Posted in Gardening, Seasons, Timely Tips

Season Transition Plant Care

This Timely Tip first appeared in late September of last year. It’s that time again!

Now that summer’s officially over, you’ll want to care for outdoor plants. Here are some suggestions found online.

1. You’ll want to move your plants indoors when temperatures regularly drop below 60, and definitely before they get as low as 45 degrees F. If you can, plan to gradually transition your plants indoors, putting them in a shady spot for a few weeks before bringing them inside.

2. Decide where the plants will go in advance. Try to match the conditions outdoors, putting plants that were in bright sunlight in south-facing windows. If not possible, at least try to gradually move plants to lower-light areas over a few days or weeks. They may still lose leaves in response to the reduced light, but you can try to minimize the loss.

Note: Without any windows in the way, plants get more sun outdoors than they do inside. Use this as inspiration to wash your windows (both inside and out, if possible). Your plants will appreciate it and, if it’s been a long time since their last cleaning, so will you!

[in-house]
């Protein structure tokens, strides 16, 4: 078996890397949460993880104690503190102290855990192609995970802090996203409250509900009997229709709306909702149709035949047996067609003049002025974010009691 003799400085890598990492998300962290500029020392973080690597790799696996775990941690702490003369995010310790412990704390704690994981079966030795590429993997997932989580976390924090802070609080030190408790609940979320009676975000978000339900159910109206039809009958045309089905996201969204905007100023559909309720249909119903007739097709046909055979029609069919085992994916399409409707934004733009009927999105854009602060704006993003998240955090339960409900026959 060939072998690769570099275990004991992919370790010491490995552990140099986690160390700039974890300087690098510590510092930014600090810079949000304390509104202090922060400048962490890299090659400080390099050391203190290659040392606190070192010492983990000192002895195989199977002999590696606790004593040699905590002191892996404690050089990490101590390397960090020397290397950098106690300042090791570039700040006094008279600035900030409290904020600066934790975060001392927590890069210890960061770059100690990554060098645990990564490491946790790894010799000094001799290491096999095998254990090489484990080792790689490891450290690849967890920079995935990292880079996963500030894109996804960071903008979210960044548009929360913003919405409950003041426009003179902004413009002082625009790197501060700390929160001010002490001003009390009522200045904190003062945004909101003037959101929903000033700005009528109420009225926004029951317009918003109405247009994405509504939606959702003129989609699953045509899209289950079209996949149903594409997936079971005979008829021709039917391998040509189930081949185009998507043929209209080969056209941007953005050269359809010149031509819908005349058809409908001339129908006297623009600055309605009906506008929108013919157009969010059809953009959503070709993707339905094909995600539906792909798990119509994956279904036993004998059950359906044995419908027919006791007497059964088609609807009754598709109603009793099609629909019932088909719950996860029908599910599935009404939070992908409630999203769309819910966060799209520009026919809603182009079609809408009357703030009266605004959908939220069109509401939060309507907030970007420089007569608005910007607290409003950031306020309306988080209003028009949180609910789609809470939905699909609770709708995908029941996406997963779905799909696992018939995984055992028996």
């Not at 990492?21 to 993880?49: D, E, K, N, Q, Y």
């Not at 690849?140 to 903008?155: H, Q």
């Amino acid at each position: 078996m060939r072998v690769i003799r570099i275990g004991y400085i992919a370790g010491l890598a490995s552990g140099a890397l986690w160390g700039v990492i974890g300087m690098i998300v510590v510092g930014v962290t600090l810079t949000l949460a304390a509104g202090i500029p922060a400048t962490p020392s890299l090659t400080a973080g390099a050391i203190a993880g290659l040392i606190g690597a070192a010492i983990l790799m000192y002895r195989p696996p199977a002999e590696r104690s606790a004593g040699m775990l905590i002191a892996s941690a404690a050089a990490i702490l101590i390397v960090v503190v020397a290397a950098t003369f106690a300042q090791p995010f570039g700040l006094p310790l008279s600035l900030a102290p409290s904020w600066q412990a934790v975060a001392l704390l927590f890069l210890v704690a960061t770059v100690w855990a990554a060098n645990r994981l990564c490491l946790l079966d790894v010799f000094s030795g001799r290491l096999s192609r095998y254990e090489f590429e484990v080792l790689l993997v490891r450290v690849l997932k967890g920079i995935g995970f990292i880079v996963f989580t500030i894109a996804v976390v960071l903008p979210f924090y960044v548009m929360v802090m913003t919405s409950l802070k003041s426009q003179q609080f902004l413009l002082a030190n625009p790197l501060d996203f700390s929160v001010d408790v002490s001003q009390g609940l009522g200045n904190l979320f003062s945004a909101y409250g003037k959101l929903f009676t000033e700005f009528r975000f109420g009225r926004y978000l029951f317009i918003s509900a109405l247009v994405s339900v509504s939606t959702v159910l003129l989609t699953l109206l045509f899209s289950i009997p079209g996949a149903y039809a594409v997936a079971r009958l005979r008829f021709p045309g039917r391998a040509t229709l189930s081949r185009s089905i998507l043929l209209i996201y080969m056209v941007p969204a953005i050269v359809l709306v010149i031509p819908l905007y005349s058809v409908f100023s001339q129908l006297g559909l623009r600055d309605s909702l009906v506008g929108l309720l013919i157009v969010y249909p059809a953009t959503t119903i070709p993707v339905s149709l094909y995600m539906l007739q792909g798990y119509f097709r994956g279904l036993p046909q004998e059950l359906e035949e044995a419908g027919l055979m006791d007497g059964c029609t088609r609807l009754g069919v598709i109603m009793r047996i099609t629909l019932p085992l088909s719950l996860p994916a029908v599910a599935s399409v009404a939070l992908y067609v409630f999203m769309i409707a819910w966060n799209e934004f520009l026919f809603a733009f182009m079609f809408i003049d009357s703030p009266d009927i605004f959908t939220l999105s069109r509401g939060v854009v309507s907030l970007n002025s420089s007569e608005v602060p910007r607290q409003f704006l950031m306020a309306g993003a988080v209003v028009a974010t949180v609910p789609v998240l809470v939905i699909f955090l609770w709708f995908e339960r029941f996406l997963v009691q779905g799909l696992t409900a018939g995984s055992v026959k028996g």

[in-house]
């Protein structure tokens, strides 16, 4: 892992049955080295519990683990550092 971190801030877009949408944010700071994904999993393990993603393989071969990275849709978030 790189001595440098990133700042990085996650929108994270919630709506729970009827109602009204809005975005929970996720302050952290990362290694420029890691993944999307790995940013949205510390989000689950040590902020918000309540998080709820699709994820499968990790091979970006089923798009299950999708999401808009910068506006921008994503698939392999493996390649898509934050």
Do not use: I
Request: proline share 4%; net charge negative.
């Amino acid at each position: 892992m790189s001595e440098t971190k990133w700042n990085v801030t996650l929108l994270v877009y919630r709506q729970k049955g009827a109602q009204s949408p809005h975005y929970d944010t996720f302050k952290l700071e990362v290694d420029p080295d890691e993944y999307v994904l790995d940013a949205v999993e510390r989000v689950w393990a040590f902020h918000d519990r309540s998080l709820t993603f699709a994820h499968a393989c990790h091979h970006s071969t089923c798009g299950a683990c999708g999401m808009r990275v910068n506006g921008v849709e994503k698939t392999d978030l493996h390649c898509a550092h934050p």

3. Inspect your plants to see if any have outgrown their pots and need to be repotted. If they do, be sure to choose a pot with drainage holes, and the appropriate new potting soil. Lightly prune plants that have gotten leggy while outside.

4. It’s really important to inspect your plants for pests and problems before you bring them indoors. Soak the pot in a tub of lukewarm water for 15 minutes to force any pests out in search of air. Drain thoroughly before bringing indoors. If you want to be extra sure that you’re not bringing in any uninvited guests with your plants, you may even want to quarantine them in a room separate from other plants for a few days.

5. Once you’ve got your plants transitioned indoors for the season, be sure not to overwater. For most plants, that means letting the soil dry to the touch before watering. You may find that the dry indoor air from your heat source(s) means that plants need nearly as much water in the winter as they do in the summer. Since they’ll grow less in response to less light, fertilizing monthly or bi-monthly during the winter should be sufficient.

Happy gardening and transition from summer to fall!

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Posted in Gardening, Timely Tips